Subscribe

HP Writes Down $8.8 Billion on Autonomy Acquisition

British subsidiary accused of accounting fraud, but HP’s underlying earnings also miss estimates

By Valentin Schmid
Epoch Times Staff
Created: November 21, 2012 Last Updated: November 21, 2012
Related articles: Business » Companies
Print E-mail to a friend Give feedback

Meg Whitman, president and CEO of Hewlett-Packard, and her husband Griffith Harsh IV attend a media and technology conference in Sun Valley, Idaho, July 2012. On Nov. 20, HP announced a $8.8 billion write-down on its Autonomy acquisition, due to accounting fraud. (Kevork Djansezian/Getty Images)

Meg Whitman, president and CEO of Hewlett-Packard, and her husband Griffith Harsh IV attend a media and technology conference in Sun Valley, Idaho, July 2012. On Nov. 20, HP announced a $8.8 billion write-down on its Autonomy acquisition, due to accounting fraud. (Kevork Djansezian/Getty Images)

Hewlett-Packard Co. today hit the markets with a double-whammy. The computer maker has to write down the value of its British subsidiary, Autonomy software, by $8.8 billion. In addition, its fourth-quarter earnings missed both earnings and sales estimates.

“HP is extremely disappointed to find that some former members of Autonomy’s management team used accounting improprieties, misrepresentations, and disclosure failures to inflate the underlying financial metrics of the company, prior to Autonomy’s acquisition by HP,” the company said in a press release.

HP acquired the British maker of pattern recognition software to diversify its line of computer hardware and services for $10.3 billion in August 2011.

HP learned about the fraud from Autonomy personnel who stepped forward after the company’s founder, Mike Lynch, left the company in May 2012. HP claims that it could not possibly have noticed the irregularities during the acquisition. It blamed Autonomy auditor Deloitte, as well as former management, for the mishap.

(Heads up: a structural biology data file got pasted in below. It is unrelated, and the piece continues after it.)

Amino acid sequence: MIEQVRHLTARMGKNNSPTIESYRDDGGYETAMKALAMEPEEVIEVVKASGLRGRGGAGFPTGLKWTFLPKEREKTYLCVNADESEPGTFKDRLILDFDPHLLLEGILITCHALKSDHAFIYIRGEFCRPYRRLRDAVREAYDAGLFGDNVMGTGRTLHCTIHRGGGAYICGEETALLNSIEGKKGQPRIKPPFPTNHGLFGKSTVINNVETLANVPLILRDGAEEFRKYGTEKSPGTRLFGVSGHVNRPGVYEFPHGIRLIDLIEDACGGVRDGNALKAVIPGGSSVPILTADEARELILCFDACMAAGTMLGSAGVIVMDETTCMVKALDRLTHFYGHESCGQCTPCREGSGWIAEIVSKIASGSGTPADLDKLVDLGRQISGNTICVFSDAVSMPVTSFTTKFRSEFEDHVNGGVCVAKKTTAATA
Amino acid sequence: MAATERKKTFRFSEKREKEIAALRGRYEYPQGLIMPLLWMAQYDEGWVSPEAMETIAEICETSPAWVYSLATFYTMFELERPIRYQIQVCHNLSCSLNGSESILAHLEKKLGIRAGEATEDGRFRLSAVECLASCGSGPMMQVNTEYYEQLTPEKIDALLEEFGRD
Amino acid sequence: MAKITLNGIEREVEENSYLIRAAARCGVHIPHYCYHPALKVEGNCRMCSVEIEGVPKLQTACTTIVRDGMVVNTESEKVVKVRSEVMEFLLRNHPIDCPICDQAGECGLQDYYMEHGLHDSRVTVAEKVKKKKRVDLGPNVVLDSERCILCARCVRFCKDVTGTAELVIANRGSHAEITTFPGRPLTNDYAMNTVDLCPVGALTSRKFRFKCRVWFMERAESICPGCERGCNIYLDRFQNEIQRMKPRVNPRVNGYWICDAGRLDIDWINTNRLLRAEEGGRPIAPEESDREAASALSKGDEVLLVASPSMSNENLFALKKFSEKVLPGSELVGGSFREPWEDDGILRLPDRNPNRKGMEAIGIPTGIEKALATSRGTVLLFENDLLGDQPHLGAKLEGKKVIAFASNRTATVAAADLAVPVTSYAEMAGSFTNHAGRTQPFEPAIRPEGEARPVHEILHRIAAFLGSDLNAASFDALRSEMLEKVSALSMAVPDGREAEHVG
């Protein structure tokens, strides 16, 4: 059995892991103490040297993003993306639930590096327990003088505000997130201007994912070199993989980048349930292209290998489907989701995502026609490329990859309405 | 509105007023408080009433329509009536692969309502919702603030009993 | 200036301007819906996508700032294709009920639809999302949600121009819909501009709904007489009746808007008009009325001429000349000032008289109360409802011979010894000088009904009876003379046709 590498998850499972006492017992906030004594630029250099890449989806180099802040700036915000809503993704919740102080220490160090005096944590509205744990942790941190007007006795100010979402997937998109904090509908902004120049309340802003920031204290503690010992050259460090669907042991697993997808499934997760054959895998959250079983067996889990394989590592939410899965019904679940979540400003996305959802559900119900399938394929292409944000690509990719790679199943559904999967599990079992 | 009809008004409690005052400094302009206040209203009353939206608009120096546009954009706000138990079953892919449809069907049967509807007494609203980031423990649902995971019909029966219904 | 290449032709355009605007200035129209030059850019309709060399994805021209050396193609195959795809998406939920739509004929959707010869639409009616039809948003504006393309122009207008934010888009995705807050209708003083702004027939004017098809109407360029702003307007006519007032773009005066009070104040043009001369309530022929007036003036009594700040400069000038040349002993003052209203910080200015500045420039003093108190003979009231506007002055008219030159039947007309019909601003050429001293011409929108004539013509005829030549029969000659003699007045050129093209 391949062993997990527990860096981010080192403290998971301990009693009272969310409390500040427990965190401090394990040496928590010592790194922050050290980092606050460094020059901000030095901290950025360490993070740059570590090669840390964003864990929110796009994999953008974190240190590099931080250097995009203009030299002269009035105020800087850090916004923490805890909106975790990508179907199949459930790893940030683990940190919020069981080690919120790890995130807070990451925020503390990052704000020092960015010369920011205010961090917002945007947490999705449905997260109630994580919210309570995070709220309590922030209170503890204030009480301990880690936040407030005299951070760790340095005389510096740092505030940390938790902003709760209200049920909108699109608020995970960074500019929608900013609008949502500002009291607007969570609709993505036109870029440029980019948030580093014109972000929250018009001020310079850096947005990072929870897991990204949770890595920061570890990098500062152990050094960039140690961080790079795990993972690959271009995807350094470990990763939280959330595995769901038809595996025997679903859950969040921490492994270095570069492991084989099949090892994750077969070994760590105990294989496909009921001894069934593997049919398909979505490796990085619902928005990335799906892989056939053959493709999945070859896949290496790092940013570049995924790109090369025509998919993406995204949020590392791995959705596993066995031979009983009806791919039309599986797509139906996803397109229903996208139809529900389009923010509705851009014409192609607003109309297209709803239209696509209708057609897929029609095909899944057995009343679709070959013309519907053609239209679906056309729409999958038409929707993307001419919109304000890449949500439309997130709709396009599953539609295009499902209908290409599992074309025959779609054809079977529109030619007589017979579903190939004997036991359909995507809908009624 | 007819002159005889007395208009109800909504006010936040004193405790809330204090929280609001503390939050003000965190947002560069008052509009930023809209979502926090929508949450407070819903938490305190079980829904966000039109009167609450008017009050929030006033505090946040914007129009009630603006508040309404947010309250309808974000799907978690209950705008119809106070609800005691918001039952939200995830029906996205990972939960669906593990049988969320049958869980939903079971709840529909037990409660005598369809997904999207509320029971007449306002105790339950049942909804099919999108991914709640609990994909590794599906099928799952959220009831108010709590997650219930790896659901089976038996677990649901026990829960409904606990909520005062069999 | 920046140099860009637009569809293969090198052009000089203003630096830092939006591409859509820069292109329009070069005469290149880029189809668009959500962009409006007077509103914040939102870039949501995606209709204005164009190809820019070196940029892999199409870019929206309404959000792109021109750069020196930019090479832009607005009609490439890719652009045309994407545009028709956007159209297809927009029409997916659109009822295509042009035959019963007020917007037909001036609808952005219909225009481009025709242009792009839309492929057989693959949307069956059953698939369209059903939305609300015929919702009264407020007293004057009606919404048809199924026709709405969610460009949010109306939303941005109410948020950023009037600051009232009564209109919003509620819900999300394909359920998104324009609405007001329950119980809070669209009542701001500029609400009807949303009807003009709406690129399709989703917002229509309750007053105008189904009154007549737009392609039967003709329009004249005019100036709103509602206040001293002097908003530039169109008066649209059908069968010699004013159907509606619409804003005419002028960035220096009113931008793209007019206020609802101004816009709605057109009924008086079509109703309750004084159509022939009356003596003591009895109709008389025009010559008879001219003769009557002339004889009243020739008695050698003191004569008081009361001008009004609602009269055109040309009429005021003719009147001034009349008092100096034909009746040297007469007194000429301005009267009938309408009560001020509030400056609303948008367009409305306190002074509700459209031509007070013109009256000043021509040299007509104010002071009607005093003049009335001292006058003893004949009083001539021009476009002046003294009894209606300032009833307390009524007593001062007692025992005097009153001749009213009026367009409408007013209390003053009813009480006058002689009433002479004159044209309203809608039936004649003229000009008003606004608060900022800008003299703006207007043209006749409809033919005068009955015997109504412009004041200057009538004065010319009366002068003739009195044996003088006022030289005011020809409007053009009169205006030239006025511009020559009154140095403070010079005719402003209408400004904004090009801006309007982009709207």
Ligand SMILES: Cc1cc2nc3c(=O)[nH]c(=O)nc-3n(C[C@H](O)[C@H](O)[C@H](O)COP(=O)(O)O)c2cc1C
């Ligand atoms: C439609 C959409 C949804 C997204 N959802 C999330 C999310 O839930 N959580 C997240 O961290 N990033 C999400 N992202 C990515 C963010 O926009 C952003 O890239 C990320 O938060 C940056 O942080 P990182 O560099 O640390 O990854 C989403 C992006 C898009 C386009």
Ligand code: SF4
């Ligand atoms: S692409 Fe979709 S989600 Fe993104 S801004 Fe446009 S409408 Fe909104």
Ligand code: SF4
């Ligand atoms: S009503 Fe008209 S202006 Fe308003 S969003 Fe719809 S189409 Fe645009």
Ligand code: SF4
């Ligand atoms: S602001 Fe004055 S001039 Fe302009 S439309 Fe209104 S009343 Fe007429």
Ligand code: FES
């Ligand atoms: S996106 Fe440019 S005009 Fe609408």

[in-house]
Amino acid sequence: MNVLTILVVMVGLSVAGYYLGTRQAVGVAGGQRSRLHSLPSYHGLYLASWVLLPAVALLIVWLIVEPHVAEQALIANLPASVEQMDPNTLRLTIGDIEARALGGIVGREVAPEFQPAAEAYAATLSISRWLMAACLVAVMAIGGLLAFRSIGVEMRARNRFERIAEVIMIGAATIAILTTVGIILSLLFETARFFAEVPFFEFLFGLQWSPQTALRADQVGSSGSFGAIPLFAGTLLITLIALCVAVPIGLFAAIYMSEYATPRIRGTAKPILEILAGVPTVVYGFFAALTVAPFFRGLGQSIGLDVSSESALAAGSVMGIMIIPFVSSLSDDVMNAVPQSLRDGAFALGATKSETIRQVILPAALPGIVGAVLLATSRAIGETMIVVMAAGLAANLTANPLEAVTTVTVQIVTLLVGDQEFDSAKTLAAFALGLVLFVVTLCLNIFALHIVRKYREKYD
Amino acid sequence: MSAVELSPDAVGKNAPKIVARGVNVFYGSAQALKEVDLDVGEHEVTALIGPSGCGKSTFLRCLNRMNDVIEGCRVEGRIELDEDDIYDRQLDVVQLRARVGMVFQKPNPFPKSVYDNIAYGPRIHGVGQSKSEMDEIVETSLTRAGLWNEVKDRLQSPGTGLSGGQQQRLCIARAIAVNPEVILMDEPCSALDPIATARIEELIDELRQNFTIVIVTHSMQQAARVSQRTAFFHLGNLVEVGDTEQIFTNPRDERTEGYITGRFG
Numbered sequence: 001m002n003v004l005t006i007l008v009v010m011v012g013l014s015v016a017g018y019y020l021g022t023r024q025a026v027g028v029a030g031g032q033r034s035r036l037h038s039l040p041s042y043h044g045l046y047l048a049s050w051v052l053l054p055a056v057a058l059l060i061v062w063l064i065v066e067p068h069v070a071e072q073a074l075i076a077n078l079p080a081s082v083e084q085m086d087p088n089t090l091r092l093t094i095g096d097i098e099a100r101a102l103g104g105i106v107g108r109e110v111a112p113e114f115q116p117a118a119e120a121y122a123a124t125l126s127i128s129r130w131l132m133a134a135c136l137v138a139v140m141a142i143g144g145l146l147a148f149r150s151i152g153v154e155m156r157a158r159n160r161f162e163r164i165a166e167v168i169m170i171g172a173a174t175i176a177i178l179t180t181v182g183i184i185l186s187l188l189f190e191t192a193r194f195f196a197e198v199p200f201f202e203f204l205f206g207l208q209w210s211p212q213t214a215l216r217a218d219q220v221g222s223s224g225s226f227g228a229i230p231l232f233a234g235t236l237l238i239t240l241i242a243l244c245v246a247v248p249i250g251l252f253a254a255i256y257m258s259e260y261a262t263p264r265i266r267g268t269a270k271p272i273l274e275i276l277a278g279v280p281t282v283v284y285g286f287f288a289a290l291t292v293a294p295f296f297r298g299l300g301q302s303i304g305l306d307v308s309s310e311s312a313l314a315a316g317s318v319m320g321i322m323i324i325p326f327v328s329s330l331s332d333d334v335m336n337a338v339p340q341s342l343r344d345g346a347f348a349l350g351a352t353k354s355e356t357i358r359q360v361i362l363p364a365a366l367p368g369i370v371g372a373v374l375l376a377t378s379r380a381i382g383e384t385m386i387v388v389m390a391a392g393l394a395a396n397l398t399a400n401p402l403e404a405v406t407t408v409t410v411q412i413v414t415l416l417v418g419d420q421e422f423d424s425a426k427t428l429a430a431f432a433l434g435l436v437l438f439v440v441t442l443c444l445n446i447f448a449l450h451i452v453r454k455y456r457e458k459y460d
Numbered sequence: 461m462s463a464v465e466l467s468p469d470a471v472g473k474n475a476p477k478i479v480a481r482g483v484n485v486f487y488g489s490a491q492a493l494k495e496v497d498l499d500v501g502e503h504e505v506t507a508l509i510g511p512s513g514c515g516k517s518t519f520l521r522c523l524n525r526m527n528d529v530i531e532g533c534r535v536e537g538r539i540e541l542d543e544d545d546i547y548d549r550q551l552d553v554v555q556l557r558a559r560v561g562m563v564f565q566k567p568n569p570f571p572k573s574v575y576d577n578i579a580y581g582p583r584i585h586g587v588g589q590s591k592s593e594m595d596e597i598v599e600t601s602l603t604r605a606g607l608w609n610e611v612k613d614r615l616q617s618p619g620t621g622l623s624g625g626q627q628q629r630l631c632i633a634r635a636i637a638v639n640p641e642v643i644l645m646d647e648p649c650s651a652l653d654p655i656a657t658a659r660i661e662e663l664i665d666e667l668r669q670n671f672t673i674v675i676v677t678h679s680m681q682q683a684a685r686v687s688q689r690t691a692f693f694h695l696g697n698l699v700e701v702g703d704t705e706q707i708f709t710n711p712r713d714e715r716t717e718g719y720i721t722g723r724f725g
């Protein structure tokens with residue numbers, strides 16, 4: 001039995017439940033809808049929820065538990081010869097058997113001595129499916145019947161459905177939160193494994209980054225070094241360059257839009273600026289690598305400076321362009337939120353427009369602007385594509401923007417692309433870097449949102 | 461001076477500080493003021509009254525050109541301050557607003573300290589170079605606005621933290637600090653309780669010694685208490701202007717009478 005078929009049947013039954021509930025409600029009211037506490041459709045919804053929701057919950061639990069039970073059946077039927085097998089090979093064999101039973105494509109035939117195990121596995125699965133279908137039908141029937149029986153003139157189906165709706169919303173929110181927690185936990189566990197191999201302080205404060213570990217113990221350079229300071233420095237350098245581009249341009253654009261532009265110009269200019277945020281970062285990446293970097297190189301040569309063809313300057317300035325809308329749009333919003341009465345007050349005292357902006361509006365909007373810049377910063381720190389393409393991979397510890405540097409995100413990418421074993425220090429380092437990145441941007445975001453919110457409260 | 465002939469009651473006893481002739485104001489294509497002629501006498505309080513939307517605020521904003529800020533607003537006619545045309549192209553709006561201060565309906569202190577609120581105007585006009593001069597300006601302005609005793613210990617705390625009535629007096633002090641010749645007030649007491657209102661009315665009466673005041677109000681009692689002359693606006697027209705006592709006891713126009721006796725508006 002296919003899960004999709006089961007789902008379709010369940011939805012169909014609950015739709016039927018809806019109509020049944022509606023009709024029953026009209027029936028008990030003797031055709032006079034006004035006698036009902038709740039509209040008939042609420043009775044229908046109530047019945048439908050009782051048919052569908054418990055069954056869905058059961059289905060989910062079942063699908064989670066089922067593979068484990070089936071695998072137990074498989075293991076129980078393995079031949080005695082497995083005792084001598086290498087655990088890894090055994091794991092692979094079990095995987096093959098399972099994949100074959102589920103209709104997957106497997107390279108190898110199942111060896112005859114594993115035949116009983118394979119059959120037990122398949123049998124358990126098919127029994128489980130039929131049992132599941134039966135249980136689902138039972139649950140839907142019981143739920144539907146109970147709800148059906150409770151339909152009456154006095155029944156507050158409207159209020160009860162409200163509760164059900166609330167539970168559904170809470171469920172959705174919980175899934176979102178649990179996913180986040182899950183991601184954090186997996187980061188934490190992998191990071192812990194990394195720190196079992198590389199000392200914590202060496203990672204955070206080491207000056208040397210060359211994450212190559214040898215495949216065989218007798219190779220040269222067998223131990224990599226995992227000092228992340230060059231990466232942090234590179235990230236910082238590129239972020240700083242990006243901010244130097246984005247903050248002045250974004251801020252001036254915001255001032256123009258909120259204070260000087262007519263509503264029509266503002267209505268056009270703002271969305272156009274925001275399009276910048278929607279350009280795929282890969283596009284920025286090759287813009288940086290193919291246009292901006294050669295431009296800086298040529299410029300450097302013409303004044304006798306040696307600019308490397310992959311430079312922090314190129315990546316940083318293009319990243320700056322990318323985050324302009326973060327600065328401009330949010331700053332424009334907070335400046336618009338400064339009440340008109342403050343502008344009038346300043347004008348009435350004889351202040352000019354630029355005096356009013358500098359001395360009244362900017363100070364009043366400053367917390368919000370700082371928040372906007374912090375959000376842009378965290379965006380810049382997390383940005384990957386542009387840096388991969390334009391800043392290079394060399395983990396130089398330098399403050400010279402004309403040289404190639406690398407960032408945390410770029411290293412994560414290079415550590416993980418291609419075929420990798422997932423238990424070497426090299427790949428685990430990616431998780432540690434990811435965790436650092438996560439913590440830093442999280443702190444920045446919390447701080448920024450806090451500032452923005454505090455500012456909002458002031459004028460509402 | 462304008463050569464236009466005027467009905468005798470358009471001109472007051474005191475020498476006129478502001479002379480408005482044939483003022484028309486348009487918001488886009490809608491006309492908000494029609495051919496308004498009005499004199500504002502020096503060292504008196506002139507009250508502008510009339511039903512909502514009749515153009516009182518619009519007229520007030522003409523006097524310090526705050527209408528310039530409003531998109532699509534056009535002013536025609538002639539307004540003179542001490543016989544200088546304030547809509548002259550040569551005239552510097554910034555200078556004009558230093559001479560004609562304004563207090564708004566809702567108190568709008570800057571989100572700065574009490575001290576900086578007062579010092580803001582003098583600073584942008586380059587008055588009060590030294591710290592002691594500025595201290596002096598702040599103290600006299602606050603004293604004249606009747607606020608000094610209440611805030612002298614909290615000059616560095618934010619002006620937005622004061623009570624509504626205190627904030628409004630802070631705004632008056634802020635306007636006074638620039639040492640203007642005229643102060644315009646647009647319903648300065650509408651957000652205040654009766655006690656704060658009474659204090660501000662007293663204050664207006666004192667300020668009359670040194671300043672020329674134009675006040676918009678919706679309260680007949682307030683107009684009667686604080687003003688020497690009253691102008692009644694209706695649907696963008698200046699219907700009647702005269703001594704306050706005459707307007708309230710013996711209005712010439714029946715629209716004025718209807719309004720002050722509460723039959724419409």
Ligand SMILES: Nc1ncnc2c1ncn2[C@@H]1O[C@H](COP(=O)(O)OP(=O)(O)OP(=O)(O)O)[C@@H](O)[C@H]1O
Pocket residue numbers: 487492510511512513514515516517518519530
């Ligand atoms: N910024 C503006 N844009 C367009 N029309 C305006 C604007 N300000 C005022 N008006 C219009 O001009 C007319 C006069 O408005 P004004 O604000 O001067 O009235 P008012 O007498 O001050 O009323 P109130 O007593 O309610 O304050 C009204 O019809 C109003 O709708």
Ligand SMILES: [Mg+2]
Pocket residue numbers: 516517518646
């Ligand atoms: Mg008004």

“The board relied on audited financials—audited by Deloitte—not Brand X accounting firm but Deloitte,” HP CEO Meg Whitman told investors in a conference call Nov. 20. “The CEO at the time and the head of strategy who led this deal are both gone—Leo Apotheker and Shane Robison.”

This statement by Whitman provided little respite for shareholders, however. The company also missed fourth-quarter expectations for revenue ($30.0 billion versus $30.4 billion expected) and guidance for Q1 earnings per share ($0.68–$0.71 versus $0.85 expected). HP shares traded down 12 percent to close at $11.71.

The Epoch Times publishes in 35 countries and in 19 languages. Subscribe to our e-newsletter.




GET THE FREE DAILY E-NEWSLETTER



Stock Info Market Monitor

Selected Topics from The Epoch Times

James Goodlatte